Has your horse recently seen a equine body worker or equine physio? – any muscle tightness or restriction will make it harder for the horse to perform correctly and want to seek that elusive light contact through the rein. If you have any doubt on a horse’s ability to work correctly it should be investigated by the appropriate professional.
2. Check your bridle fit! There are a lot of new bridle designs out on the market today, but they are only ‘anatomical’ if they fit your horse. The horse’s head is a very complex, sensitive structure and like us humans all have differing anatomical shapes. Many bridles encountered by us are just too tight over the poll, badly shaped behind the ears and brow bands are frequently too small and tight. 3. Nosebands should not be done up tight. The International Society for Equitation Science Taper Gauge 2 as used by the FEI (Fédération Equestre Internationale) 3 measures that any noseband is done up to allow at least two fingers’width (one of top of the other) on the front bony part of the nose (nasal bone). The ultimate aim of our contact with the horse through the bit is to maintain a consistent, free from tension communication from the mouth to the rider’s hands and to complete the circle of connection; a horse with its mouth strapped down cannot ever be relaxed and free from tension in its jaw. This will have a considerable impact on the horse’s whole musculoskeletal structure and biomechanics (way of going). 4. Consider your own ability and body weaknesses. A younger or more novice rider may need a different type of bit than someone more experienced, even on the same horse. For instance, if a horse is shared by more than one person the horse may go beautifully in a bit with the more experienced rider who may have better balance, stronger core, which helps to maintain a more independent seat and hand, but the more novice rider may struggle with it as they will be working on improving their core, balance and seat. A good example is that most of us never learned to ride in a double bridle! 5. Consider the horse and his stage of training, age and behaviour. Similar to the rider, a younger, less developed or more inexperienced horse may require a bit of a different type depending on what stage of training they are at. The horse’s behaviour also plays a big part with fitting bits and bridles. Like us humans, they all have differing personalities and reactions to internal and external stimuli in the surrounding environment, and this can play a part in choosing a suitable bit. (REF: www.equitationscience.com/store/taper-gauge www.fei.org )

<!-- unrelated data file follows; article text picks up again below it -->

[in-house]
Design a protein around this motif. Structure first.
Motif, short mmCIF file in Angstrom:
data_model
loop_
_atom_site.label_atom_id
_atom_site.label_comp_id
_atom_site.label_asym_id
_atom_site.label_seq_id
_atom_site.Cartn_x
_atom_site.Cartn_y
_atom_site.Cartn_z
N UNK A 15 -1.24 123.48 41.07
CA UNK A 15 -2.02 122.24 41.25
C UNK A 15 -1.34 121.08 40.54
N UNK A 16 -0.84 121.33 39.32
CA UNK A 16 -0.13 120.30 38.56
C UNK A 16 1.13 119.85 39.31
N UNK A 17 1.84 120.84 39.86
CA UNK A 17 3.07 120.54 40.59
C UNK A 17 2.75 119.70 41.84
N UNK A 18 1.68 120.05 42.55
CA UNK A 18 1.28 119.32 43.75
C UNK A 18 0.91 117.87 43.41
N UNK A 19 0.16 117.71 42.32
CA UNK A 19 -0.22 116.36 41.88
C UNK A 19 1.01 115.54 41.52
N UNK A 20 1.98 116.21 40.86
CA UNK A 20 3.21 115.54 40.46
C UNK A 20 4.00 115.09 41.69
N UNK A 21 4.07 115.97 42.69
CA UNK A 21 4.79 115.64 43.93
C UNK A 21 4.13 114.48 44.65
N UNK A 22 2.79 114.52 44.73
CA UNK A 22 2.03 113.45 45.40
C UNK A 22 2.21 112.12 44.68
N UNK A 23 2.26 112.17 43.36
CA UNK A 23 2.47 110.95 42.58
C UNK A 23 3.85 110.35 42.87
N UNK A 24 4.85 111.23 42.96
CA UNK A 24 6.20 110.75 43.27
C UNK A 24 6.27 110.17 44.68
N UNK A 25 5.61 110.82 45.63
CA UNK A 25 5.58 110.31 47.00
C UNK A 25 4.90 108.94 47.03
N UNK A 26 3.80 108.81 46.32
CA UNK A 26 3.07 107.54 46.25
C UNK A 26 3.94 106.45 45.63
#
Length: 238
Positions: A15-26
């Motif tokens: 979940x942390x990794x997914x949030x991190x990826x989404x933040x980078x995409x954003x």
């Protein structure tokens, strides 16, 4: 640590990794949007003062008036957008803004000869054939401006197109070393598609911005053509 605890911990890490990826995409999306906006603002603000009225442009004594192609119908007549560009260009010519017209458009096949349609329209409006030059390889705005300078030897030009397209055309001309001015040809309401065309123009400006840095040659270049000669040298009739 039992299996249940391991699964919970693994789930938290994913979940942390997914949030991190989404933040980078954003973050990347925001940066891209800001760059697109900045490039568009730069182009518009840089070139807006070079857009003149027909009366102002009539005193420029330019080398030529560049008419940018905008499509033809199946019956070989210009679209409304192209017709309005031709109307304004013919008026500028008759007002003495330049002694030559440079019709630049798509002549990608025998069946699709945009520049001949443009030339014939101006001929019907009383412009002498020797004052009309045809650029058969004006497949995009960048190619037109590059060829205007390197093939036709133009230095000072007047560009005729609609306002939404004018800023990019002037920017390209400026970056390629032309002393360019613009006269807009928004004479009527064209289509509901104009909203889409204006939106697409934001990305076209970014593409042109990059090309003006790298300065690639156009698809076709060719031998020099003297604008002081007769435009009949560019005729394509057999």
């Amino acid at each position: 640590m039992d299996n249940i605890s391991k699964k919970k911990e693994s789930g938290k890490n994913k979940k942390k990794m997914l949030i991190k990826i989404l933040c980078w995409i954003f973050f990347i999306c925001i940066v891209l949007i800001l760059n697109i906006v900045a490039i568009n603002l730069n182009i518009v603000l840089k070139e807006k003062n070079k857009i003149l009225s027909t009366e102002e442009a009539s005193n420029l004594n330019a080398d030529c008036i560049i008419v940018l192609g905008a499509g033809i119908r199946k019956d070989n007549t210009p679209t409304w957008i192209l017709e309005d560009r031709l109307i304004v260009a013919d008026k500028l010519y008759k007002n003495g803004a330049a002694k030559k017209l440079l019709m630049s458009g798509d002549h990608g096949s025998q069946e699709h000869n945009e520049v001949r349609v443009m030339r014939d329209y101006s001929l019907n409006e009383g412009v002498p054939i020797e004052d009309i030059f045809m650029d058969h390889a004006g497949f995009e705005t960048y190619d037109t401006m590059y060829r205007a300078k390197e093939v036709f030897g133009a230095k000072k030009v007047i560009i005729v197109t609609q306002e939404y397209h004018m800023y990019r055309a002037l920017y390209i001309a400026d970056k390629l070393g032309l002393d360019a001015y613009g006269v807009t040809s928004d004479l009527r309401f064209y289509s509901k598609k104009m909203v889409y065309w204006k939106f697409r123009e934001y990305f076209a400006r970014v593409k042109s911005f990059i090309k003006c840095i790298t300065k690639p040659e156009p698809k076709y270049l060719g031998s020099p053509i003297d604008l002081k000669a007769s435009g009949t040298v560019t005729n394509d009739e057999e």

About us: Horse Bit Fit® is the largest group of Bitting and Bridle Fitting Consultants in the UK. We are independent of any manufacturer and have developed a comprehensive and independent training programme. We charge a flat fee for a consultation and don’t make any gains through the sale of any products as part of our consultation process. We now have 13 consultants covering the UK and Ireland. In addition to this we have a trained consultant in Germany and one currently undergoing training in Spain. We have carefully selected consultants with specific backgrounds that complement our approach to bitting and to enhance and improve knowledge base within our organisation. Additional skills within the company include several qualified saddle fitters, an equine physiotherapist, equine body work and massage practitioners, a Mctimony Equine Chiropractor, an Equine podiatrist, Equine Craniosacral Therapist, Biomechanics Specialist, Classical Dressage Trainer, British Dressage Judge, British Horse Society Trainers, Intelligent Horsemanship Trained Consultants, NLP Coach for working with Rider confidence, an archaeologist with a specialist subject in “horse furniture” for an historical perspective as well as a chartered accountant, marketing and social media specialist and a medical doctor to help with the running of the organisation. We have developed a comprehensive training programme for consultants and have achieved External LANTRA Accreditation. (LANTRA are the UK’s leading Awarding Body for Land Based and Environmental Skills Courses.) Copyright Horse Bit Fit® 2020